7. To serve: Pool strawberry sauce in the center of a plate. Place a warm waffle on top, off-center. Top with foie gras slices. Drizzle with balsamic syrup, garnish with half of a reserved strawberry. (To make balsamic “hearts” like we did in the above photo, instead of drizzling, place balsamic syrup in a line of dots inside the perimeter of the strawberry sauce. In a single motion, drag a toothpick through the center of each dot.) Serve.

If you make foie-ffles, please share photos with us on social media! Tag @dartagnanfoods on Facebook, Instagram or Twitter so we can cheer your efforts!

Top 5 Recipes for Baking with Black Truffle Butter

Everyone likes baking with butter, but when you have truffle butter in the fridge, you can take it to a whole new level. Why? Well, truffles are one of the supreme luxuries in nature and the kitchen. Earthy and intoxicating, their distinctive fragrance has inspired culinary brilliance for centuries. D’Artagnan truffle butter captures the essence of the truffle, and makes it an affordable luxury that you can enjoy year-round. Our beautifully-balanced black truffle butter is made with real truffle bits and will change the way you cook…and bake.

Read on for inspiration …  and click the titles to get the recipes.

Black Truffle Parker House Rolls

Soft, squishy, golden yeast rolls are a holiday favorite but when our black truffle butter is baked right into the dough, they’re downright irresistible. But why wait for a holiday to make these tasty rolls? Dinner just got a whole lot more interesting.

black-truffle-butter-parker-house-rolls-recipe_HomeMedium

Read more

5 Duck Breast Recipes To Try Now

Every recipe has a story and Ariane, the founder of D’Artagnan, is very involved in this one.  Her father, Chef André Daguin, was the first to cook duck breast like a steak, pan-searing and serving it rare. That was back in the 1950s at his restaurant in Southwest France, and the technique caught on. Today it’s quite common to see seared duck breast on a restaurant menu.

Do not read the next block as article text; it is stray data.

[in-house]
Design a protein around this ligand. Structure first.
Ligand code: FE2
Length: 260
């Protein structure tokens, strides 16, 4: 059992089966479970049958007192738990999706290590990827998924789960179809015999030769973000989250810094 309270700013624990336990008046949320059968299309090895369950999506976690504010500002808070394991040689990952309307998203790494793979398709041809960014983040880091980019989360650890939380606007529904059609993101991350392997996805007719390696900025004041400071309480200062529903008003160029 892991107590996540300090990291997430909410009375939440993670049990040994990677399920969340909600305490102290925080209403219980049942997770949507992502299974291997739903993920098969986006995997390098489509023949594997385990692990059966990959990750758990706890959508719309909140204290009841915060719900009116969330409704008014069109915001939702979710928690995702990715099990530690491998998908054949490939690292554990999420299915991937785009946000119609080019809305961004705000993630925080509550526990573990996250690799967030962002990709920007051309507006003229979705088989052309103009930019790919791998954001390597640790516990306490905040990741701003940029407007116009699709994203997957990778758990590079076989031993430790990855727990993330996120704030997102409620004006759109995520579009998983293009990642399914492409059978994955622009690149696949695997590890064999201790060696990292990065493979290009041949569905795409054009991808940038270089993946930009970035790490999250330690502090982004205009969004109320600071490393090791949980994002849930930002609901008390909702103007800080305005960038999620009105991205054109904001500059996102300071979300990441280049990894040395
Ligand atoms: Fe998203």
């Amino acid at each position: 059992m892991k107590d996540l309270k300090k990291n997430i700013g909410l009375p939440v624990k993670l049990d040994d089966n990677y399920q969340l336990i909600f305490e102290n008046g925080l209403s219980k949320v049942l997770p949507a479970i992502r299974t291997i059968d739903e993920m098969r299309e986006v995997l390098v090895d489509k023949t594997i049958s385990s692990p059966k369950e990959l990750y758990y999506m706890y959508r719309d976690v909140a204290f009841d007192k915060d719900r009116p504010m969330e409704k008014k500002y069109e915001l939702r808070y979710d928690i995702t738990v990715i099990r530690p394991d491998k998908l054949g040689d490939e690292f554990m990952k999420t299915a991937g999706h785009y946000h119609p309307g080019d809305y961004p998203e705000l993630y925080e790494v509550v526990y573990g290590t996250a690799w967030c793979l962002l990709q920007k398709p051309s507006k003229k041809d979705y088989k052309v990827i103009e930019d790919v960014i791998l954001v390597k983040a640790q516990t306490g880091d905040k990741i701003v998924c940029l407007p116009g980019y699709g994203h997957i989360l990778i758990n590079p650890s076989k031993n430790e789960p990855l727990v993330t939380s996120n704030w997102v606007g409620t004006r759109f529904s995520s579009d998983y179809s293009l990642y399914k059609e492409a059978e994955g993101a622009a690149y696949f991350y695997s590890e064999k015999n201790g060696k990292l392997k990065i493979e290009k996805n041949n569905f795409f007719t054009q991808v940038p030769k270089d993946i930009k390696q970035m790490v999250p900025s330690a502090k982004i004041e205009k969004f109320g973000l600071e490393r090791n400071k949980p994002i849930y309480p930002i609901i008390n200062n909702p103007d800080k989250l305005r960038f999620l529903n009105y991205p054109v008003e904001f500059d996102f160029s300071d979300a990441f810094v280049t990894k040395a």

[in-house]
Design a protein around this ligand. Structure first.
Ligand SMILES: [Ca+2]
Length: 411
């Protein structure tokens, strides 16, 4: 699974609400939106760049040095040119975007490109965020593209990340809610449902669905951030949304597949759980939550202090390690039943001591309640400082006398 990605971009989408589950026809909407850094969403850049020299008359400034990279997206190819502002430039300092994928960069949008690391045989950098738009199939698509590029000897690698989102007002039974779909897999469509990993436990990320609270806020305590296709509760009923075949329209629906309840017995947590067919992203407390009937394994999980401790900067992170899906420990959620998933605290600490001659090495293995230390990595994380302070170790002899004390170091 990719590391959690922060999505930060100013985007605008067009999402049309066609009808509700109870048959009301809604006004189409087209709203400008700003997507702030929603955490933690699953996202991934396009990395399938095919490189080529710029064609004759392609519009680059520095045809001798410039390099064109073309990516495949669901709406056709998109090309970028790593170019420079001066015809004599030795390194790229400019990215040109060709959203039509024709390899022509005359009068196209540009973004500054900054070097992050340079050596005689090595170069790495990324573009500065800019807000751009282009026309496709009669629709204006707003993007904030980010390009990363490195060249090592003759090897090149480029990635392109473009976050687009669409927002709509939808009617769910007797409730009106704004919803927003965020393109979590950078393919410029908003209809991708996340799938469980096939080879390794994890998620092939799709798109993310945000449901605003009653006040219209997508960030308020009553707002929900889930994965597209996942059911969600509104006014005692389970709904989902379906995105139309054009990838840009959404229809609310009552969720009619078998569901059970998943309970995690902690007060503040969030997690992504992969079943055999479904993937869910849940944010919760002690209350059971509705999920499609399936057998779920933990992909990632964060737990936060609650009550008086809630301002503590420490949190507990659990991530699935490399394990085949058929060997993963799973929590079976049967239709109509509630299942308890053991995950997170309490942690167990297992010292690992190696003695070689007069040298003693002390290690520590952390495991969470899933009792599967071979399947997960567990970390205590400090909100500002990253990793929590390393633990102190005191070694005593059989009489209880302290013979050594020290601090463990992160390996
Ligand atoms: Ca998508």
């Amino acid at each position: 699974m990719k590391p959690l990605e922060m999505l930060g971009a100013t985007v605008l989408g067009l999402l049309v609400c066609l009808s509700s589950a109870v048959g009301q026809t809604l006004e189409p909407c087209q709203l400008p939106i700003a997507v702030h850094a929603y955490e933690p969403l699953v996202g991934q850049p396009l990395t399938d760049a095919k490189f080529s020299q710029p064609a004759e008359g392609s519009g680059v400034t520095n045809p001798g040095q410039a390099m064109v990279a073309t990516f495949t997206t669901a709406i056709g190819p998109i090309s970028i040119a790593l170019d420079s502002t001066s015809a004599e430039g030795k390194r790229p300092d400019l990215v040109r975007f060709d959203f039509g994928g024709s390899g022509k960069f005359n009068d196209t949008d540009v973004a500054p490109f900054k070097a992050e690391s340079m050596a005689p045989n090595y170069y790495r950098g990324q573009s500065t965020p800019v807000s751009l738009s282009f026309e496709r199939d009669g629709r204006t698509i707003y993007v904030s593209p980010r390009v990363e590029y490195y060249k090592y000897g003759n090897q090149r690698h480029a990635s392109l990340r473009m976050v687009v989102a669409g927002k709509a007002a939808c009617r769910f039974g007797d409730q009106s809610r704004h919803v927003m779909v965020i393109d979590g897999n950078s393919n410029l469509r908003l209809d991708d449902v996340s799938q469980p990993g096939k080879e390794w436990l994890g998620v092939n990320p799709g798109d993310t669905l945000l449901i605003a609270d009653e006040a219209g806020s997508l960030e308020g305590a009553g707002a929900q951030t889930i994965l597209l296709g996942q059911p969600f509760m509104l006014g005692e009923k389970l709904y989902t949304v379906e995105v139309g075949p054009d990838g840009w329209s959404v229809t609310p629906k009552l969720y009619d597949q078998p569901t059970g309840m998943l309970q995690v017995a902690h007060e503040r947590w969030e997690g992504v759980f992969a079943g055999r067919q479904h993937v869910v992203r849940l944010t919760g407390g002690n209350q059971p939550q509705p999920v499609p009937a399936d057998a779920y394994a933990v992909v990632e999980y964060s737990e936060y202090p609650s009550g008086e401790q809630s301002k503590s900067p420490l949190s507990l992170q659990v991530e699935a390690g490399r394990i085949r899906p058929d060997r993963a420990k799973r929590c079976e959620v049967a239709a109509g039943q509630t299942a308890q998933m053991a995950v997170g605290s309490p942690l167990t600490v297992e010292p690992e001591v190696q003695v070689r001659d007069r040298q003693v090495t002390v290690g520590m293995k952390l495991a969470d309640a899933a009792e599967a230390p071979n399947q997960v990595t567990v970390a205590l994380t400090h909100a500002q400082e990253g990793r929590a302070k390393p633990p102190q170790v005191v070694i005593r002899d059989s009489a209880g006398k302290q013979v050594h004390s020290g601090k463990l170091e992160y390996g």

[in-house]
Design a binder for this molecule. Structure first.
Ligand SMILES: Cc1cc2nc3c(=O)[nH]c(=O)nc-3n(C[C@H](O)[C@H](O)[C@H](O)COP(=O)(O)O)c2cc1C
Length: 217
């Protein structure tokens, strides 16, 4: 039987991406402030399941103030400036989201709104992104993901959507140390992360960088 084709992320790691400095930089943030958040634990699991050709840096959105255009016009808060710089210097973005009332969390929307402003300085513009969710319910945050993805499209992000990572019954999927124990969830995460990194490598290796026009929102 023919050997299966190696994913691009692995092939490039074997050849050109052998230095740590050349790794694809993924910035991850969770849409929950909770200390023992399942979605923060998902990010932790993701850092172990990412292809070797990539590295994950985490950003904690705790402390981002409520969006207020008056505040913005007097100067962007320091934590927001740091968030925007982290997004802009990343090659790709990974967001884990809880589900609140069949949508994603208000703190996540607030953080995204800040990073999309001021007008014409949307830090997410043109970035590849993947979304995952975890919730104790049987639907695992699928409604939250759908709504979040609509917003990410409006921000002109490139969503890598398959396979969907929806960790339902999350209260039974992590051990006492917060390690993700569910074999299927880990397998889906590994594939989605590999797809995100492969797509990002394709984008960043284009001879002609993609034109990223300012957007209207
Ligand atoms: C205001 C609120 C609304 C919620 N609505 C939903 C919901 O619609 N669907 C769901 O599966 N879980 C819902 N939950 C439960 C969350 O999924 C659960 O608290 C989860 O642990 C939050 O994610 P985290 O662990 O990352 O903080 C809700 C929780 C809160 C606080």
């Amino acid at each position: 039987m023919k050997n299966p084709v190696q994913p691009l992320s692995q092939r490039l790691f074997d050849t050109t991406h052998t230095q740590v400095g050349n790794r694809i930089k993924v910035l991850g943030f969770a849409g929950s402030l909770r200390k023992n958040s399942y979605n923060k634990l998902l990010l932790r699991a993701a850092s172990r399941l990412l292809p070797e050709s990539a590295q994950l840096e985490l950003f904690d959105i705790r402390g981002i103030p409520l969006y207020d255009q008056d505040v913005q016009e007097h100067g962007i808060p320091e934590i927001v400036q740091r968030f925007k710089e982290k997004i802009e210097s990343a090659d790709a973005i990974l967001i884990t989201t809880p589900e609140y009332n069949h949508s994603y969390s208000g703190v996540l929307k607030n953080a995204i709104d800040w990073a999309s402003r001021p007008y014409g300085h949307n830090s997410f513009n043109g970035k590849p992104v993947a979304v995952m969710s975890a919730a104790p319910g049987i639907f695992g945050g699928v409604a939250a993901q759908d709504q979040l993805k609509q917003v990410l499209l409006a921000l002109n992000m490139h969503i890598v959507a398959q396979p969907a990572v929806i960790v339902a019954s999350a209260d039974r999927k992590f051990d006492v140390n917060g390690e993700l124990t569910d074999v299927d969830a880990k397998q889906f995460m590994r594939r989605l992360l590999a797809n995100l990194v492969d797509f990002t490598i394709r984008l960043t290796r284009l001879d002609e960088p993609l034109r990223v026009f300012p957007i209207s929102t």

If you haven’t tried cooking duck breast at home, we encourage you to do so.  These easy variations on the basic recipe will hopefully inspire your inner chef. Choose the flavors you like and heat up your pan!

1. The Classic: Magret Duck Breast à la D’Artagnan

This simple duck magret recipe should be a part of every home cook’s repertoire. If you can cook a steak in a pan, you can sear a duck breast. We love this simple recipe and the opportunity it affords to get creative with the pan sauce. Master this one, and you can whip up an impressive meal in 30 minutes anytime. Kitchen victories are so sweet, aren’t they?

Recipe_Magret_Dartagnan_HomeMedium

Read more

How to Cook Porcelet

Our milk-fed piglet – called porcelet – has been a hit with professional chefs for years. In France the milk-fed piglet is known as cochon de lait, and until our farming partners in Quebec began raising them, it was hard to find any milk-fed piglets in North America. Raised on a proprietary milk formula, these piglets produce the most tender and delectable pork. Now available to the home cook, our website has 3 primal cuts for the pork aficionado to choose from: bone-in porcelet shoulder, bone-in porcelet loin and rack of porcelet.